Quick and Easy Surveys with Google Docs - Page 2

By Helen Bradley
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Complete the Question Options

question format options; small business software
A multiple choice question (top) can have only one answer whereas checkboxes (bottom) allow for multiple answers.
(Click for larger image)

If the question type you've chosen requires you to provide answers for the recipient to select, you will be given space to type each answer you are offering. Click Other if you want to allow people to select Other as an option and to type the answer of their choosing into a box.

For the Scale question, you select the number of choices -- such as 0-5 or 1-6 -- and the labels that appear to the left and right of the scale. These labels indicate what the smallest and largest values represent, and you should provide context so people know whether, for example, 5 translates as good or bad on your scale.

The Grid question type works well for a series of questions that all use the same ranking. The numbers 1, 2, 3, 4, 5 in the question-editing area are the column headings for the grid so they may read, for example: N/A, Poor, Acceptable, Satisfactory, Excellent. The Row labels are the items the recipient is ranking. For example, a restaurant seeking feedback about the quality of the food might offer these options: Temperature, Appearance, Quantity, Taste and so on.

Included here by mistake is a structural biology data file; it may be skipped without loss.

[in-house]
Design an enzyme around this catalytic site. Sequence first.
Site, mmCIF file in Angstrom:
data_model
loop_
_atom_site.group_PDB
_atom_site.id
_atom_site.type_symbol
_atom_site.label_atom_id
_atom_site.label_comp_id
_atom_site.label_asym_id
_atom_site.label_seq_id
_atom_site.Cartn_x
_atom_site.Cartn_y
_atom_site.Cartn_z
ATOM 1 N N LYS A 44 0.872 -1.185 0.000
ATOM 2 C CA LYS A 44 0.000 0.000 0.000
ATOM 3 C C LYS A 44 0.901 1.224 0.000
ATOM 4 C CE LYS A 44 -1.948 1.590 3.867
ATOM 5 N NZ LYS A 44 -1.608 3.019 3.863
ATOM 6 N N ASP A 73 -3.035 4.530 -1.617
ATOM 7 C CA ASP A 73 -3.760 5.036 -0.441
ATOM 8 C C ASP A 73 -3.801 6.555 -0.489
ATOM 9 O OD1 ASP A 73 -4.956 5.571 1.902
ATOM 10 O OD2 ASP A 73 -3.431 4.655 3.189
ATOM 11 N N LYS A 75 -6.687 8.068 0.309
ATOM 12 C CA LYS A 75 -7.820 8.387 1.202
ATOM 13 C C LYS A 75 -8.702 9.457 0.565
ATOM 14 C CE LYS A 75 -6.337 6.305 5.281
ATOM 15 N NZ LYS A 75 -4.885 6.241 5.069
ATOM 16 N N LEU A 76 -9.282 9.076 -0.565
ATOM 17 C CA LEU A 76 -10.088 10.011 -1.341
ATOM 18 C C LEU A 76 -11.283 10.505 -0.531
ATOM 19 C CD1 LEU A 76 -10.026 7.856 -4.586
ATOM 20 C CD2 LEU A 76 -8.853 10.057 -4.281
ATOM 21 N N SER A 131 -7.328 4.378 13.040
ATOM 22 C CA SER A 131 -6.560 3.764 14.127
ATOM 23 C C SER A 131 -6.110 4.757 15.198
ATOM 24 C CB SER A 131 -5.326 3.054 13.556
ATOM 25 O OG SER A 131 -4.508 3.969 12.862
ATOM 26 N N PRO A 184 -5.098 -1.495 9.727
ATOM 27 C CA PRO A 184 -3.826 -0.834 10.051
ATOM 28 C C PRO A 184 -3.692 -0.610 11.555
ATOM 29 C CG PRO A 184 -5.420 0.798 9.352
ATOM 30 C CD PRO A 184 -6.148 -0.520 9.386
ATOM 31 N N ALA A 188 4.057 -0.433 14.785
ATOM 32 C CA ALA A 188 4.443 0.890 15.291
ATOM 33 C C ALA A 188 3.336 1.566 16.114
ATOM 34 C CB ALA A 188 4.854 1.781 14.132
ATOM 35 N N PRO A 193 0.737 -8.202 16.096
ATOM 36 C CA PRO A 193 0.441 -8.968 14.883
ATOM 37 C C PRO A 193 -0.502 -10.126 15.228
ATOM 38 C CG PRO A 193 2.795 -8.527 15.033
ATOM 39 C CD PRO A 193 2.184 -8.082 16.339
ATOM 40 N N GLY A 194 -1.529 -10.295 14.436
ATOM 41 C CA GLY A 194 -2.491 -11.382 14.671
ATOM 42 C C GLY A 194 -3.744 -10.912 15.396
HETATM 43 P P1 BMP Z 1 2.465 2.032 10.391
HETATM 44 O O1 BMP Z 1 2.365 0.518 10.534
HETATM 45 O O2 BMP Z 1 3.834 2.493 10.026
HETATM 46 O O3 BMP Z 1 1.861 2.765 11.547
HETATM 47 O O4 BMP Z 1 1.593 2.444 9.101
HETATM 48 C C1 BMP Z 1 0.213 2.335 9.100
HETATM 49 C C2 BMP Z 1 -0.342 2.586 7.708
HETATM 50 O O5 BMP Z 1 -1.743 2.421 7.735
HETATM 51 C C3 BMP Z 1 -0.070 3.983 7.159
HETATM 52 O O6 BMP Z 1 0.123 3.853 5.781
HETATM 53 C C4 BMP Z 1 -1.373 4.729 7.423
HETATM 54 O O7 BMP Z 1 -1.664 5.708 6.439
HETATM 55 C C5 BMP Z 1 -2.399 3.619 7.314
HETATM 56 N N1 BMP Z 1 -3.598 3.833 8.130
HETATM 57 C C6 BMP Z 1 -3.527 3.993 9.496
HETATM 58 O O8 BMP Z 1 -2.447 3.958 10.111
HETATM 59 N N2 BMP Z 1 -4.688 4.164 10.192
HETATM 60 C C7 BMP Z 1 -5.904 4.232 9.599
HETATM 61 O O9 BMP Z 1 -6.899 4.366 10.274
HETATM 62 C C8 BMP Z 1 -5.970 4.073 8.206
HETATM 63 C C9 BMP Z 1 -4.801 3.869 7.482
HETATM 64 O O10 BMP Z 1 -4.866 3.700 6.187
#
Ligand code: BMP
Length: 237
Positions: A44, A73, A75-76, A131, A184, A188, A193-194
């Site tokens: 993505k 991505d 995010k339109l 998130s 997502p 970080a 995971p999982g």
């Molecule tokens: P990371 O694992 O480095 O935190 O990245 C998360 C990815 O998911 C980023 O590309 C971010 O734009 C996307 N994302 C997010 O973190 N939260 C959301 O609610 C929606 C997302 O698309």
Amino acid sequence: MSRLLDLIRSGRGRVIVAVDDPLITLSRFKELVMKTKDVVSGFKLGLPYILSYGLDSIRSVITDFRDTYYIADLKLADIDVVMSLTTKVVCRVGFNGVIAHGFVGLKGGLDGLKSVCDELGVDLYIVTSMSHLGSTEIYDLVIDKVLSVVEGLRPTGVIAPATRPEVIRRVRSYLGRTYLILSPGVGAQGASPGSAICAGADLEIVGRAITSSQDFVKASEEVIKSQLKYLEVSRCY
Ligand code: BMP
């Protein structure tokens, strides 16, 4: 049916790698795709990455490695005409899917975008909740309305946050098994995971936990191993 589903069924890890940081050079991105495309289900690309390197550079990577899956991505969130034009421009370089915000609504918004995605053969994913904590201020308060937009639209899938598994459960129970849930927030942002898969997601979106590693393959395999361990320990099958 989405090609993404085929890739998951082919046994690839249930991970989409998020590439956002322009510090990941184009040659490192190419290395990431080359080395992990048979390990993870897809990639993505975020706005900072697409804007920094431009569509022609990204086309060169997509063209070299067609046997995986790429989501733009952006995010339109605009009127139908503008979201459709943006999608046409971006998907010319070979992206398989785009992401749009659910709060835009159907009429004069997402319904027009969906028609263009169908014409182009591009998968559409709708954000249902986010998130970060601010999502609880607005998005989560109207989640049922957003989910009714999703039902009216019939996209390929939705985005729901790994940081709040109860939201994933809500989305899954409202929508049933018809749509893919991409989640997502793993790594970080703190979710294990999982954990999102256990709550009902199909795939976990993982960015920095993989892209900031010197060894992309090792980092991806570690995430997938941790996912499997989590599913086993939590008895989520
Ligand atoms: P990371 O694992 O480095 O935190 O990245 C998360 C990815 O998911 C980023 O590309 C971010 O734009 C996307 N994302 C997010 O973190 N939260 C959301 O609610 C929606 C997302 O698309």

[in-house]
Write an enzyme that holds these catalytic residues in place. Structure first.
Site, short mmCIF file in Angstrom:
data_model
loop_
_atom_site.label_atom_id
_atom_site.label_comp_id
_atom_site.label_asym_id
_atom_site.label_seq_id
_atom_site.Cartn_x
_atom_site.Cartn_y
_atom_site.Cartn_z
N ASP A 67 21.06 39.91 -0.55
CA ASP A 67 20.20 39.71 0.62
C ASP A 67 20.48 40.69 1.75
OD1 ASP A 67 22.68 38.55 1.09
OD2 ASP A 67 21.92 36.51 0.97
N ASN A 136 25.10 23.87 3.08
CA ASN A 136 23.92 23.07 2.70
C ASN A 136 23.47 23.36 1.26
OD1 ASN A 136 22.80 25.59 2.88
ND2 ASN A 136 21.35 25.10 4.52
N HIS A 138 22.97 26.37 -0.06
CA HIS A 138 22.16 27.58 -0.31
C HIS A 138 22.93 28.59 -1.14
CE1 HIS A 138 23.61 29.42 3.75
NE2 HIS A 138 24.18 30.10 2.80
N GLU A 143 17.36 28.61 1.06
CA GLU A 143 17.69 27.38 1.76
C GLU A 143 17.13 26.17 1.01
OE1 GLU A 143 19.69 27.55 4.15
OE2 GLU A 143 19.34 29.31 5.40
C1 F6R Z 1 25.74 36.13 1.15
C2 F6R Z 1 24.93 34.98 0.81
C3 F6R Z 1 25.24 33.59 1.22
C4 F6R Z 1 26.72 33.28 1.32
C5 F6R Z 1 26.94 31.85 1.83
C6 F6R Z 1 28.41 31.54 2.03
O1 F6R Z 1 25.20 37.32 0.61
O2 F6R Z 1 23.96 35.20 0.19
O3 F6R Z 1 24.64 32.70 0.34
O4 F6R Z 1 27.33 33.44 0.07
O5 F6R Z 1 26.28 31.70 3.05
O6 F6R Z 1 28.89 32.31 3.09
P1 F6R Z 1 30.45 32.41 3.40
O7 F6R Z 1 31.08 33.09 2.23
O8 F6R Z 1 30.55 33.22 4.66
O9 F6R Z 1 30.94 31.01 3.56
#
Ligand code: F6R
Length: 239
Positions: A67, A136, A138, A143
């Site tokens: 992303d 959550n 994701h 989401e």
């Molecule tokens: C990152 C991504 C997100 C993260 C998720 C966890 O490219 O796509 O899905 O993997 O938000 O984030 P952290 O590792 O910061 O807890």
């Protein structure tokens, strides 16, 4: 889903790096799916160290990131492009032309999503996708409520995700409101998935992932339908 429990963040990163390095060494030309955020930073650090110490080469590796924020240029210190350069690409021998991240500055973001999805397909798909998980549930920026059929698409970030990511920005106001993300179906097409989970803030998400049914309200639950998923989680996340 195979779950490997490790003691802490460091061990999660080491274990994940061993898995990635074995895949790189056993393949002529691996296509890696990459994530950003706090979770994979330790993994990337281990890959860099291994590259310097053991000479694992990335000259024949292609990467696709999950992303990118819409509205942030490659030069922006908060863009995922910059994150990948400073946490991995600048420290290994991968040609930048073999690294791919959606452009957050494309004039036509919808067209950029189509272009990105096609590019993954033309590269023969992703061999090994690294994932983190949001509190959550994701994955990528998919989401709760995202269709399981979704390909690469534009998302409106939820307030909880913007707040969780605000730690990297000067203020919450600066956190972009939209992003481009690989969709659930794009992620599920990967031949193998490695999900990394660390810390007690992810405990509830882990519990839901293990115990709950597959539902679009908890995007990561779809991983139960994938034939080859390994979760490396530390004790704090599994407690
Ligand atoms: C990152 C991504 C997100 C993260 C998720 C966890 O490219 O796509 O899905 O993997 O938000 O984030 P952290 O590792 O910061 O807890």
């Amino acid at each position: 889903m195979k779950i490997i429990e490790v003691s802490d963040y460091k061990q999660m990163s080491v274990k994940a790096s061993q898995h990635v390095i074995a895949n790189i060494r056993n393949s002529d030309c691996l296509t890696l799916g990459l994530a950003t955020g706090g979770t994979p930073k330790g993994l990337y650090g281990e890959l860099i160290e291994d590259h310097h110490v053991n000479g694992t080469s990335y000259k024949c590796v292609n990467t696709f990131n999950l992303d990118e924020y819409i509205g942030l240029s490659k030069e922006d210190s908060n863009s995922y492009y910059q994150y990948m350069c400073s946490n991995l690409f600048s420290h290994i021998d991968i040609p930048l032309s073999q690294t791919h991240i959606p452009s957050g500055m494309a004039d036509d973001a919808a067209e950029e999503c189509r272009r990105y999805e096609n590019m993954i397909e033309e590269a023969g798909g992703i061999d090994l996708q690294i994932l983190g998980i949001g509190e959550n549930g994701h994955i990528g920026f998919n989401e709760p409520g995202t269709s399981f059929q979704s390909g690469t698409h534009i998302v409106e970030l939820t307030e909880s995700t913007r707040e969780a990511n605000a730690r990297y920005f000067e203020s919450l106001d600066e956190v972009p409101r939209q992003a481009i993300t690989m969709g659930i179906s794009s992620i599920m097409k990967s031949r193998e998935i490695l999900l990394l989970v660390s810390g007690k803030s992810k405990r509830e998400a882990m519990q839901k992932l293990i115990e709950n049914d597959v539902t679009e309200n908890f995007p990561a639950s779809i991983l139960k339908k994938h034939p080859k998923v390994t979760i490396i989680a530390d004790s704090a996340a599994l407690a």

Final Survey Touches

When your questions are complete, click on the Theme button, choose a theme that suits your business type, and click Apply.

When your customers click to submit the form, they'll see a default confirmation message. To customize the message, choose More Actions > Edit Confirmation. You can edit this message to make it more personal, if desired.

If you want participants to see the survey results after they have completed the survey, select the Publish Response Summary checkbox; in most cases you will leave this option unchecked.

Distributing the Survey

question format options; small business software
Results from your survey are written directly into a spreadsheet, and you can view them any time.
(Click for larger image)

You have two ways to distribute the survey; you can email it, or you can publish it to your website or blog. To email it, click the Email Form button and enter the email addresses being sure to separate each with a comma. Alternately you can select the intended recipients from your Contact List. Disable the Include form in the email option, as not all email clients will render the form correctly. With this option disabled, recipients will get a link they can use to open the survey in their browser, which is the preferred option.

If you want to make the survey available from your blog or website, choose More Actions > Embed to get the code you need to embed the form in your website.

Take Your Survey Live

Check your form by clicking the link at the foot of the page to preview it. Save the form, close the dialog and close your spreadsheet.

Over time as recipients complete the form, you can see the results by opening the spreadsheet. Each column represents one of the questions in the survey form, and each row will contain one recipient's answers.

Helen Bradley is a respected international journalist writing regularly for small business and computer publications in the USA, Canada, South Africa, UK and Australia. You can learn more about her at her Web site, HelenBradley.com

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This article was originally published on May 31, 2011
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